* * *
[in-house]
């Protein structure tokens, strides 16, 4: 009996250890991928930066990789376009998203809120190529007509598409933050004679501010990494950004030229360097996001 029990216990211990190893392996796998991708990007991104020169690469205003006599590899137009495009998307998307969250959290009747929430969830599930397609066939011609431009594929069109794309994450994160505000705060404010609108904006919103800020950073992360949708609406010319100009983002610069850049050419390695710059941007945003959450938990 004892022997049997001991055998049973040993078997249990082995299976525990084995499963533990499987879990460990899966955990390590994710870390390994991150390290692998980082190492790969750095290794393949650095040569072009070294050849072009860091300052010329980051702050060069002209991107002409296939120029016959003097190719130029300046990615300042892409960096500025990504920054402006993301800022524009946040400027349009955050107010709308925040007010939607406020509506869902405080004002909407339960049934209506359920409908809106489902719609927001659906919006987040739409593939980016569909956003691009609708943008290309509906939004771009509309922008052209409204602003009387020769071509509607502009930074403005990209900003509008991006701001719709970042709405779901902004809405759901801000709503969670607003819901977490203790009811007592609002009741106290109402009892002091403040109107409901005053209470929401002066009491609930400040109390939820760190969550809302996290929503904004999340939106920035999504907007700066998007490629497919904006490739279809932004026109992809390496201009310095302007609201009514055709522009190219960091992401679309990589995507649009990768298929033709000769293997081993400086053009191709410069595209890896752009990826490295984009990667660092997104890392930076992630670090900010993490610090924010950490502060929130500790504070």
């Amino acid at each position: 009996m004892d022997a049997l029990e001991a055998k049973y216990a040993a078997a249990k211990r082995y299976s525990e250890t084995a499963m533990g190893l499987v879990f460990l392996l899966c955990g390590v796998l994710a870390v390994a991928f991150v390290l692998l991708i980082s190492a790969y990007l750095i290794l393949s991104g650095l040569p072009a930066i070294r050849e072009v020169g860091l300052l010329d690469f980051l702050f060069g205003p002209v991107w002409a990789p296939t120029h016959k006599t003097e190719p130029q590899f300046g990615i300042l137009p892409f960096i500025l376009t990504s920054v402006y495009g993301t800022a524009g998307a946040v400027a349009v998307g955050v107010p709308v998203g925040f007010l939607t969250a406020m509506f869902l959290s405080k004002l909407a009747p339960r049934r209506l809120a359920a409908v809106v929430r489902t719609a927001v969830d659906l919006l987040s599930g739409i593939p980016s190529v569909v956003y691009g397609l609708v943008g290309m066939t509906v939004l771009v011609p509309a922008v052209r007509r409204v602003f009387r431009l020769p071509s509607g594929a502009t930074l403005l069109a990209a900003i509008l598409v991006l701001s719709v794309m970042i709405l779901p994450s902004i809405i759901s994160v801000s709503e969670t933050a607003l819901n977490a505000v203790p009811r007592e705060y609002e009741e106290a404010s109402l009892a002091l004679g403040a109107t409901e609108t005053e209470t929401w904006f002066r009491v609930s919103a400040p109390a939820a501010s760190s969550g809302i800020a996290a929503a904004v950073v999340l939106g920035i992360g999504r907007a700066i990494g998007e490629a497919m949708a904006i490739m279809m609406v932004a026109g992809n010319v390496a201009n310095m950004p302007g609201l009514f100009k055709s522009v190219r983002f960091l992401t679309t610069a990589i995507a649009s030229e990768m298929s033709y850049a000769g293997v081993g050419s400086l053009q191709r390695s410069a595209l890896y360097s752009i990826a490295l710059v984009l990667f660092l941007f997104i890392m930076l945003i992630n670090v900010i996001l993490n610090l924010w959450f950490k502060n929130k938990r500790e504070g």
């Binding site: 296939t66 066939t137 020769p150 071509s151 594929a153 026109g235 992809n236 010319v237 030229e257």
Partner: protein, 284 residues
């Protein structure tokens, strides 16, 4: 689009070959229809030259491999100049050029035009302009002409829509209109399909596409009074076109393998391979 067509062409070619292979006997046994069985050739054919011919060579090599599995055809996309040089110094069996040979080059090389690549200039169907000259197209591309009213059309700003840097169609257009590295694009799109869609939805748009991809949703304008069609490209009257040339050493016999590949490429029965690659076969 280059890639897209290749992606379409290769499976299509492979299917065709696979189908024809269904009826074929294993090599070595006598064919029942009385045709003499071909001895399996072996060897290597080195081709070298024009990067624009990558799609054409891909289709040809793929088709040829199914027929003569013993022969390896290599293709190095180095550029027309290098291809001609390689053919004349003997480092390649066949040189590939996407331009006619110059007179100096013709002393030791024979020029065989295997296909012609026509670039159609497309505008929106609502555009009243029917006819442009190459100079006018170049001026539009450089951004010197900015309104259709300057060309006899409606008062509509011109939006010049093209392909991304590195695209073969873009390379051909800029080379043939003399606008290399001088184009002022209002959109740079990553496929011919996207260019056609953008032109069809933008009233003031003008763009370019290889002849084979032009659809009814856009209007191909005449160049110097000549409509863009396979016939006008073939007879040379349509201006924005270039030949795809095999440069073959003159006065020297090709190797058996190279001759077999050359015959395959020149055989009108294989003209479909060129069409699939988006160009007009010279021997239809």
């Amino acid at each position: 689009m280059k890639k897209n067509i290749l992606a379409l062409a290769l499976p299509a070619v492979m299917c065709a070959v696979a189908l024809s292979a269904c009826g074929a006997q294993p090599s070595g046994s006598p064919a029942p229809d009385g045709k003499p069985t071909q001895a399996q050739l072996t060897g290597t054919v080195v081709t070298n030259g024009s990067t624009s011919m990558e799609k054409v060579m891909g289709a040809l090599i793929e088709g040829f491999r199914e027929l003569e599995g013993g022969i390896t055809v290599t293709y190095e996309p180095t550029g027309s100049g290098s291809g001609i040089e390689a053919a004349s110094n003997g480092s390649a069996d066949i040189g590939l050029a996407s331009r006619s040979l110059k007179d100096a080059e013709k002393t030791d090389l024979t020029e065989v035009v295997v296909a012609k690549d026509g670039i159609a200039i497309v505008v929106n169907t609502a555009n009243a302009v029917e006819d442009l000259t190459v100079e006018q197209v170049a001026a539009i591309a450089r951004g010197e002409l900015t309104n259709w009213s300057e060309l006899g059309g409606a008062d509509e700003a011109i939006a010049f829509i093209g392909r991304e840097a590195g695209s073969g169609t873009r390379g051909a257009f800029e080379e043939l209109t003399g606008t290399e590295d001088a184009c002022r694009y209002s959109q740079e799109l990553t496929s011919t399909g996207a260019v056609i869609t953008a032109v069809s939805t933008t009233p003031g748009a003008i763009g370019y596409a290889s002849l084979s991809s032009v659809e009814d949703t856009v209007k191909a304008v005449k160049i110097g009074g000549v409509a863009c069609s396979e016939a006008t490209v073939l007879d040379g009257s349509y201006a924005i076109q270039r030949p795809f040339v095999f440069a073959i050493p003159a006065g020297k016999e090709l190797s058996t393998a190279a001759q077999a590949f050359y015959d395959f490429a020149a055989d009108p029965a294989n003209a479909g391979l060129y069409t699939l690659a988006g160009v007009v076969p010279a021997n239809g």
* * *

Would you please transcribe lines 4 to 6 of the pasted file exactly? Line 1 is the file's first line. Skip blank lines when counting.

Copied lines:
């Binding site: 296939t66 066939t137 020769p150 071509s151 594929a153 026109g235 992809n236 010319v237 030229e257």
Partner: protein, 284 residues
């Protein structure tokens, strides 16, 4: 689009070959229809030259491999100049050029035009302009002409829509209109399909596409009074076109393998391979 067509062409070619292979006997046994069985050739054919011919060579090599599995055809996309040089110094069996040979080059090389690549200039169907000259197209591309009213059309700003840097169609257009590295694009799109869609939805748009991809949703304008069609490209009257040339050493016999590949490429029965690659076969 280059890639897209290749992606379409290769499976299509492979299917065709696979189908024809269904009826074929294993090599070595006598064919029942009385045709003499071909001895399996072996060897290597080195081709070298024009990067624009990558799609054409891909289709040809793929088709040829199914027929003569013993022969390896290599293709190095180095550029027309290098291809001609390689053919004349003997480092390649066949040189590939996407331009006619110059007179100096013709002393030791024979020029065989295997296909012609026509670039159609497309505008929106609502555009009243029917006819442009190459100079006018170049001026539009450089951004010197900015309104259709300057060309006899409606008062509509011109939006010049093209392909991304590195695209073969873009390379051909800029080379043939003399606008290399001088184009002022209002959109740079990553496929011919996207260019056609953008032109069809933008009233003031003008763009370019290889002849084979032009659809009814856009209007191909005449160049110097000549409509863009396979016939006008073939007879040379349509201006924005270039030949795809095999440069073959003159006065020297090709190797058996190279001759077999050359015959395959020149055989009108294989003209479909060129069409699939988006160009007009010279021997239809």